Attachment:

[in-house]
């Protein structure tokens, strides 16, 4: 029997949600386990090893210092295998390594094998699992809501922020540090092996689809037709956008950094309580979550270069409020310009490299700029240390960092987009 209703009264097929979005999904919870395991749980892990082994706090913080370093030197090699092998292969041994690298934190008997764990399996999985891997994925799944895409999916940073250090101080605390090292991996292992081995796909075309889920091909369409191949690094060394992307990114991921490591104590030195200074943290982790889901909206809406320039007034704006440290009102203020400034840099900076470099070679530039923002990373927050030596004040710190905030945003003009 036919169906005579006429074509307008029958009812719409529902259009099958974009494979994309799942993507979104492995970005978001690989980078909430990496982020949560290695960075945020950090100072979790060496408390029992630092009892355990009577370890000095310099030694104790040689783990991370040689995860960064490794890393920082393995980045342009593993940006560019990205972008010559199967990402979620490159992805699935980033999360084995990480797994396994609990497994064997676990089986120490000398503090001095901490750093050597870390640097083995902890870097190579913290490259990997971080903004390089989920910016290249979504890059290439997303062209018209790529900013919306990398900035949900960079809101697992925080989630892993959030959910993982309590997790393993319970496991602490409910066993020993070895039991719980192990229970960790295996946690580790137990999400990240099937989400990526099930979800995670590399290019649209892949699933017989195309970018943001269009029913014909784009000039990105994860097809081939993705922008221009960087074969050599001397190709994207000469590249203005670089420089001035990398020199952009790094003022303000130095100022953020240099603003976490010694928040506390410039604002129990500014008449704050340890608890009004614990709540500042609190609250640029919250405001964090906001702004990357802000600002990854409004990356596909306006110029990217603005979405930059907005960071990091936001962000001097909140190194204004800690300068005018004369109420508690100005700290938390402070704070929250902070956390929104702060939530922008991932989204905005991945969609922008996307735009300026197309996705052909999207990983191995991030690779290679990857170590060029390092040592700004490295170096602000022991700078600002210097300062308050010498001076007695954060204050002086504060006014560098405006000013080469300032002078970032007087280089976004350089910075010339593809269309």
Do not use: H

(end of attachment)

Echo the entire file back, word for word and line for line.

[in-house]
């Protein structure tokens, strides 16, 4: 029997949600386990090893210092295998390594094998699992809501922020540090092996689809037709956008950094309580979550270069409020310009490299700029240390960092987009 209703009264097929979005999904919870395991749980892990082994706090913080370093030197090699092998292969041994690298934190008997764990399996999985891997994925799944895409999916940073250090101080605390090292991996292992081995796909075309889920091909369409191949690094060394992307990114991921490591104590030195200074943290982790889901909206809406320039007034704006440290009102203020400034840099900076470099070679530039923002990373927050030596004040710190905030945003003009 036919169906005579006429074509307008029958009812719409529902259009099958974009494979994309799942993507979104492995970005978001690989980078909430990496982020949560290695960075945020950090100072979790060496408390029992630092009892355990009577370890000095310099030694104790040689783990991370040689995860960064490794890393920082393995980045342009593993940006560019990205972008010559199967990402979620490159992805699935980033999360084995990480797994396994609990497994064997676990089986120490000398503090001095901490750093050597870390640097083995902890870097190579913290490259990997971080903004390089989920910016290249979504890059290439997303062209018209790529900013919306990398900035949900960079809101697992925080989630892993959030959910993982309590997790393993319970496991602490409910066993020993070895039991719980192990229970960790295996946690580790137990999400990240099937989400990526099930979800995670590399290019649209892949699933017989195309970018943001269009029913014909784009000039990105994860097809081939993705922008221009960087074969050599001397190709994207000469590249203005670089420089001035990398020199952009790094003022303000130095100022953020240099603003976490010694928040506390410039604002129990500014008449704050340890608890009004614990709540500042609190609250640029919250405001964090906001702004990357802000600002990854409004990356596909306006110029990217603005979405930059907005960071990091936001962000001097909140190194204004800690300068005018004369109420508690100005700290938390402070704070929250902070956390929104702060939530922008991932989204905005991945969609922008996307735009300026197309996705052909999207990983191995991030690779290679990857170590060029390092040592700004490295170096602000022991700078600002210097300062308050010498001076007695954060204050002086504060006014560098405006000013080469300032002078970032007087280089976004350089910075010339593809269309």
Do not use: H